Archive for Thursday, October 24, 2002

Getting in touch with pioneer history

October 24, 2002

Starside Elementary School fourth-grader Octavio Villa learned a variety of lessons Tuesday from making a plaster diorama of an Oregon Trail campsite.

"We have to work together as a team," he said before getting to the specifics of the Oregon Trail experience. "They had to find a campsite that had water, fire wood and food for the animals."

The hands-on lesson was led by visually impaired student instructors who visited the school through Accessible Arts Inc. Starside Principal Paula Hill added another lesson she hoped the students would learn from the experience.

"I think it will help teach kids to look at those with disabilities in a new light," she said. "They may be visually impaired, but they have a lot to share. They do some wonderful projects with the kids."

Student instructor and Mill Valley High School senior Kari Hiltner, who started losing her sight at an early age, said she and her fellow student instructors also benefited from the program.

"It gives me more confidence," she said. "I used to think I couldn't talk with people.

"I love working with kids."

Eleanor Craig, executive assistant with the Kansas City Chapter of Accessible Arts, said the visit was collaboration between Accessible Arts and the Kansas State School for the Blind. Last summer, the visiting instructors gained first-hand experience about the Oregon Trail when they traveled from Independence, Mo., to Independence Rock in Wyoming, about half of the trail's distance, Craig said. The teens then made elaborate dioramas of campsites they visited during their trip.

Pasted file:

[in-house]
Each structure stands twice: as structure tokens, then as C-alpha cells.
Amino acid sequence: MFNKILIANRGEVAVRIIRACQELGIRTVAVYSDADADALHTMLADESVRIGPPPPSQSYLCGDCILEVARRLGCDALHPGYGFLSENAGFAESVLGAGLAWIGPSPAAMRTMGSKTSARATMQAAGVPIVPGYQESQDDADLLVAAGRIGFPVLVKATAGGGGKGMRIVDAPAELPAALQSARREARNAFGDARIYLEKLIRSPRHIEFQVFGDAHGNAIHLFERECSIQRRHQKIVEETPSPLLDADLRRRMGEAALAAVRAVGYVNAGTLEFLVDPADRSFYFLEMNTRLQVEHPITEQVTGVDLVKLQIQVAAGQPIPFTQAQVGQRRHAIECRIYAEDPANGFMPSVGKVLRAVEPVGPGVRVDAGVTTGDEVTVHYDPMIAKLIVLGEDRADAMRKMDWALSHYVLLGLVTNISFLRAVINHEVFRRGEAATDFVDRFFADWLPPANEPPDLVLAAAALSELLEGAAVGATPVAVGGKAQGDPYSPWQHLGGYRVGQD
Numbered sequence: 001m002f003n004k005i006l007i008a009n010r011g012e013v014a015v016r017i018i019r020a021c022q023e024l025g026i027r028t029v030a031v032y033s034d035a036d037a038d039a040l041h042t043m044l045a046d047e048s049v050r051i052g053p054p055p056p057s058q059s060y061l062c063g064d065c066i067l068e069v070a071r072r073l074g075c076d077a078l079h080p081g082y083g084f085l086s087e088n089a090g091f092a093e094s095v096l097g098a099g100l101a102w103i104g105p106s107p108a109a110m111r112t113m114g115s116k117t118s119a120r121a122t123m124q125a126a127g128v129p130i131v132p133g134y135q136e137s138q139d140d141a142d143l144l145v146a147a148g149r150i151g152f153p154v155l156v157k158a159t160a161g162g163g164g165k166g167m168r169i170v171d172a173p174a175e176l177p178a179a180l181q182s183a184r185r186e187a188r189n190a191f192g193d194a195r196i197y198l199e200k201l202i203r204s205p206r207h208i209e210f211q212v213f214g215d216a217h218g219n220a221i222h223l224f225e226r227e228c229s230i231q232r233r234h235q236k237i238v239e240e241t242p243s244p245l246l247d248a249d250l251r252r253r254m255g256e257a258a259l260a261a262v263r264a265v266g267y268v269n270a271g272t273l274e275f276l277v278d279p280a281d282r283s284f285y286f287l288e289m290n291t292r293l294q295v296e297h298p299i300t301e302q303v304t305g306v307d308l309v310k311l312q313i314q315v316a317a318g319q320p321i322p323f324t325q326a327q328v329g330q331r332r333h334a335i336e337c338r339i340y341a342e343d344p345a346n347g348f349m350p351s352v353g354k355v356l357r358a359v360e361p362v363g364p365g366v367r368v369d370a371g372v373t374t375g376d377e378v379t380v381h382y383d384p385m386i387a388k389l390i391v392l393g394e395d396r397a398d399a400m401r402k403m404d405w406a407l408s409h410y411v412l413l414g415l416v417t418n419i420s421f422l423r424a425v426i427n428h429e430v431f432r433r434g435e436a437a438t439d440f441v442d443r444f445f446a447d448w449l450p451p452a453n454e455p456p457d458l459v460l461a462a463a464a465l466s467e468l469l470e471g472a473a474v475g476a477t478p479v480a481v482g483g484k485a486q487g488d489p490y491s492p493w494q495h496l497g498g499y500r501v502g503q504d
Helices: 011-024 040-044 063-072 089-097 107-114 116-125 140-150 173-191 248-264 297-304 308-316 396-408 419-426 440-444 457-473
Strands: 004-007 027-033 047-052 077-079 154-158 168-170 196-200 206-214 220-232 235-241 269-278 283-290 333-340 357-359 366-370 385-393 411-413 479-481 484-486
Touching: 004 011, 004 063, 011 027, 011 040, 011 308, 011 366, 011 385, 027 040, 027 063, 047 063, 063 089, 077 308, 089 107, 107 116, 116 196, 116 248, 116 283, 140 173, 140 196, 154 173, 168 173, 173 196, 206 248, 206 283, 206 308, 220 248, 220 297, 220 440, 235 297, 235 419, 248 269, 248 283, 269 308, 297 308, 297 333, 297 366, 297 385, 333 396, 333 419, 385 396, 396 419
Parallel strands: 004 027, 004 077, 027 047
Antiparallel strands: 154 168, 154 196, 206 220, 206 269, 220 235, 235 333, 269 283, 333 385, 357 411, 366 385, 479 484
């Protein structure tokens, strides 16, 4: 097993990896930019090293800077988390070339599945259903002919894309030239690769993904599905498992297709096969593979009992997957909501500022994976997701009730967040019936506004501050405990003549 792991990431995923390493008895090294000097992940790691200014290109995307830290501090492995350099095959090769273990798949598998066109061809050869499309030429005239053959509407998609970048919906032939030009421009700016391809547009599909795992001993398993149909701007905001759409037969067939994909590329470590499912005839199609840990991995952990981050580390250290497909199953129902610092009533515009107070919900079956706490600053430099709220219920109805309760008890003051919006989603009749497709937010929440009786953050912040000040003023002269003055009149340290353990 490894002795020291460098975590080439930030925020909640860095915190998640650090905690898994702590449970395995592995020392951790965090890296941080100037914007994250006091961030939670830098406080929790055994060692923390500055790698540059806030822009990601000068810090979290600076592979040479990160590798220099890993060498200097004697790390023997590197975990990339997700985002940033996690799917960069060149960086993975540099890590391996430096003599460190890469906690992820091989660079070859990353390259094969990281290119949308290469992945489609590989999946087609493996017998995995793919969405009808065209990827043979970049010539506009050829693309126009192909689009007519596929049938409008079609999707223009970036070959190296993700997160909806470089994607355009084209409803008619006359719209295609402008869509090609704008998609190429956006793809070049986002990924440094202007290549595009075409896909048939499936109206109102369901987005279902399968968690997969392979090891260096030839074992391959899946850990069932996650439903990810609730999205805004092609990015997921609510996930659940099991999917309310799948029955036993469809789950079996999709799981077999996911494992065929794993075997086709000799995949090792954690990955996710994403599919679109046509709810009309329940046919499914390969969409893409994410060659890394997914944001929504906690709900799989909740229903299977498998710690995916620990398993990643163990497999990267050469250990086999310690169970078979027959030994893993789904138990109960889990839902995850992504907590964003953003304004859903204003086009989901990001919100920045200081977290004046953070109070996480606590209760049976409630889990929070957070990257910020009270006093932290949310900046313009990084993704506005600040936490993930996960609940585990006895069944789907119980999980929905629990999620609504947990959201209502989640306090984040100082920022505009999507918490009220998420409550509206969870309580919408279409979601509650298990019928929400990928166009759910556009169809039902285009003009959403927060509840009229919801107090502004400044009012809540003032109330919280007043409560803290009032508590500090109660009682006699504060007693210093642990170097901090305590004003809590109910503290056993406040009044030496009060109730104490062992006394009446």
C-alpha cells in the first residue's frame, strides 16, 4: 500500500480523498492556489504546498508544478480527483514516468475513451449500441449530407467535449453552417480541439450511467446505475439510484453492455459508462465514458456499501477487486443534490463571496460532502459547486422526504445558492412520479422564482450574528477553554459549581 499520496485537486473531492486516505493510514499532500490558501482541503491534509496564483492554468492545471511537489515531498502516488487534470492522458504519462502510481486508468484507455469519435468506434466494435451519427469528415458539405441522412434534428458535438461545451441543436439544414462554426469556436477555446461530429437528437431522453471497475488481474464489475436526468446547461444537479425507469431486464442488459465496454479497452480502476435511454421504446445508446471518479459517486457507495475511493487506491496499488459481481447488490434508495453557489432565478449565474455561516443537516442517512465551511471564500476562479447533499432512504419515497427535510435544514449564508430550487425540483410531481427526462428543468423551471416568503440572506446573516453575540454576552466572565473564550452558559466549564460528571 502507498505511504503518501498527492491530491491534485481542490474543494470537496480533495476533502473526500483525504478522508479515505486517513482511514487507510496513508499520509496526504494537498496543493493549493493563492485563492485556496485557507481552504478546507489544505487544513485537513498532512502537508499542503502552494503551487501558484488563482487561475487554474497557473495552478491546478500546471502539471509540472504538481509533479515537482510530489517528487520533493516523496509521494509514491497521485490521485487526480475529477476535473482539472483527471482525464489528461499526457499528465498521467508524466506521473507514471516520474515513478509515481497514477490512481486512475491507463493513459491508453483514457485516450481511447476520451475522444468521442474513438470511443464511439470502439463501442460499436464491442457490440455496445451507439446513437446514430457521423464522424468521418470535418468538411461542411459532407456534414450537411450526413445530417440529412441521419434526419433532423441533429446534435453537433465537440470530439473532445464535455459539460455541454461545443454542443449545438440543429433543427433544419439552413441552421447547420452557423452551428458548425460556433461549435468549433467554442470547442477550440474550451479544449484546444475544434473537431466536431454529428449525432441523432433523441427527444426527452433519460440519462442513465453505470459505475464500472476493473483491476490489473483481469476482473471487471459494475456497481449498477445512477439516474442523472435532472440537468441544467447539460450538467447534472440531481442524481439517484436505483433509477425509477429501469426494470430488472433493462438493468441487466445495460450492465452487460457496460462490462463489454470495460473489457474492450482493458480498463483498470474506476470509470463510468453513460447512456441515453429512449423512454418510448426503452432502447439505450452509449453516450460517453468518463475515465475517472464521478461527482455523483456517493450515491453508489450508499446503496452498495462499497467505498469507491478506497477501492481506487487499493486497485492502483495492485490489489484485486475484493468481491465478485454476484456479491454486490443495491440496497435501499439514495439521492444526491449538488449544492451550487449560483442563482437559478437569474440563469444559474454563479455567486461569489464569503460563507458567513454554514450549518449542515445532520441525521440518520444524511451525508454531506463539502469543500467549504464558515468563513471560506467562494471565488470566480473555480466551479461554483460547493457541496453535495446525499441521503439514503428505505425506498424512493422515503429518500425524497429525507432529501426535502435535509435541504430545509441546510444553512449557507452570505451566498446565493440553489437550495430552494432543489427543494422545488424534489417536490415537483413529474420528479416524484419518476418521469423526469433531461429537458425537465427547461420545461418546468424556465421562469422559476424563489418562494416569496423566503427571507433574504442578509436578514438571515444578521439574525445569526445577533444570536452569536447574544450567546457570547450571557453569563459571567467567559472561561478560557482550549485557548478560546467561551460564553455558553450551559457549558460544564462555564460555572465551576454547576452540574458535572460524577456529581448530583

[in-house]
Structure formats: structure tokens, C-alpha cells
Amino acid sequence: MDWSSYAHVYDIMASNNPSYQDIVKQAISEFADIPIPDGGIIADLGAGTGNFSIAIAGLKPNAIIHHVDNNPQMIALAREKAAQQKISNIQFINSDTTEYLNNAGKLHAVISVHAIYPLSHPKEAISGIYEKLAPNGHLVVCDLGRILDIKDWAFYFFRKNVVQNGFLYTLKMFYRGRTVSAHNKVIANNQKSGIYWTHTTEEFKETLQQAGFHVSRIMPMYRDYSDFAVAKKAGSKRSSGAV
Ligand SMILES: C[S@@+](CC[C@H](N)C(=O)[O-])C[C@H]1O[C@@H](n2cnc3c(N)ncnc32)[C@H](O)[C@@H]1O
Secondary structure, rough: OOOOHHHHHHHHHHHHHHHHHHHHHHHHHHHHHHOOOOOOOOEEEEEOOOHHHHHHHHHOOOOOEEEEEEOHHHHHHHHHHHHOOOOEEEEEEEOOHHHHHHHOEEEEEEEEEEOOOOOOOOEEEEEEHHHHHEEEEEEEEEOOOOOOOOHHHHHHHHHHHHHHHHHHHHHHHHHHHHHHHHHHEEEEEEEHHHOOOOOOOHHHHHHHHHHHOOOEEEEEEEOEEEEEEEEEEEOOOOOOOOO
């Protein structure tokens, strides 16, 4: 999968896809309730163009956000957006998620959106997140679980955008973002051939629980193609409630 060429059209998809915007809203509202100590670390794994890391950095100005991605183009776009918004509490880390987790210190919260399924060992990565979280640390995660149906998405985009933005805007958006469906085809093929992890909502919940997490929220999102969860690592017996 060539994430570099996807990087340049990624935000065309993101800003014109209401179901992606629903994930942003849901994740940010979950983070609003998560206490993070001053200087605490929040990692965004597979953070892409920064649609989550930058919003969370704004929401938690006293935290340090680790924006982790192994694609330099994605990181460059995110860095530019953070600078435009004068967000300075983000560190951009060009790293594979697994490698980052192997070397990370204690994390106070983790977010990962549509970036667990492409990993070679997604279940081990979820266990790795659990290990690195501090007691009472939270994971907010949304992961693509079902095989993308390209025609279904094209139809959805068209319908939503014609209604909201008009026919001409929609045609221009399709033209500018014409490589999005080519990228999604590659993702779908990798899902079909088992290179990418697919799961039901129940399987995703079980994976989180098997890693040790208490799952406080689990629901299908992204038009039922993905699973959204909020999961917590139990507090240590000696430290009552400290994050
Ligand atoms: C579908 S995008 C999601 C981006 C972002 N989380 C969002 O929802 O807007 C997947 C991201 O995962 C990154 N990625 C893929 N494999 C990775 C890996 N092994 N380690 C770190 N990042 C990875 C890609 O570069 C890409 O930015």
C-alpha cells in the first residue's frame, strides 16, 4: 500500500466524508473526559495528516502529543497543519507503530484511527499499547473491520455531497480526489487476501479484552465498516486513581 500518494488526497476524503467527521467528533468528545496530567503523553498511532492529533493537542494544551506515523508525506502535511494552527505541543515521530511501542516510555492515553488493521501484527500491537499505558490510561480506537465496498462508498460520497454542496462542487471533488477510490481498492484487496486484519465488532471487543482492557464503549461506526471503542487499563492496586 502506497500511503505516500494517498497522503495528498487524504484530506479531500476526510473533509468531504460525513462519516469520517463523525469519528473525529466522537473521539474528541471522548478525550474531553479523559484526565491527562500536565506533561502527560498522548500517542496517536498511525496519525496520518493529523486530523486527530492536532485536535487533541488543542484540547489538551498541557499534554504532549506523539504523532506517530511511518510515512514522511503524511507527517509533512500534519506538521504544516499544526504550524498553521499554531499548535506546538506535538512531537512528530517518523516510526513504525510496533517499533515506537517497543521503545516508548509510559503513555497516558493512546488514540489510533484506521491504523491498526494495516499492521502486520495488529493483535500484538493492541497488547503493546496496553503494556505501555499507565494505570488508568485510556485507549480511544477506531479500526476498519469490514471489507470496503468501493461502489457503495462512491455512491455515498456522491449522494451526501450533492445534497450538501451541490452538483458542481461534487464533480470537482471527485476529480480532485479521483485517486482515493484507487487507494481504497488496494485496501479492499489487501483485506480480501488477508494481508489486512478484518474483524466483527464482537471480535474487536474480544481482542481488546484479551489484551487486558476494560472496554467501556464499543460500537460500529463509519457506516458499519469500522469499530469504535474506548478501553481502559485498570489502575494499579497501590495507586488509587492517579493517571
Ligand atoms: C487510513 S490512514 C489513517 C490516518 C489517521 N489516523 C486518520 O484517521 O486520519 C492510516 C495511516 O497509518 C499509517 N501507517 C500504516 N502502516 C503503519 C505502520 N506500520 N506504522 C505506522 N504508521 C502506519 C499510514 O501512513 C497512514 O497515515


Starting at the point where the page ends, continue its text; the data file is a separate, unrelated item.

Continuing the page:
The program continued when the teens visited fourth-graders at area schools, Craig said. Hiltner and Molly Merrick, a Shawnee Mission North senior, said they shared what they learned during their trip with the Starside students and helped them make copies of more elaborate Castle Rock, Neb., dioramas they made.

Hiltner said her confidence would get another boost when she completed her cross-country pioneer journey during the coming summer.

Hill's son Jonathon was one of the visiting instructors. Hill said he wanted to make the visit because he has a cousin enrolled at the school.

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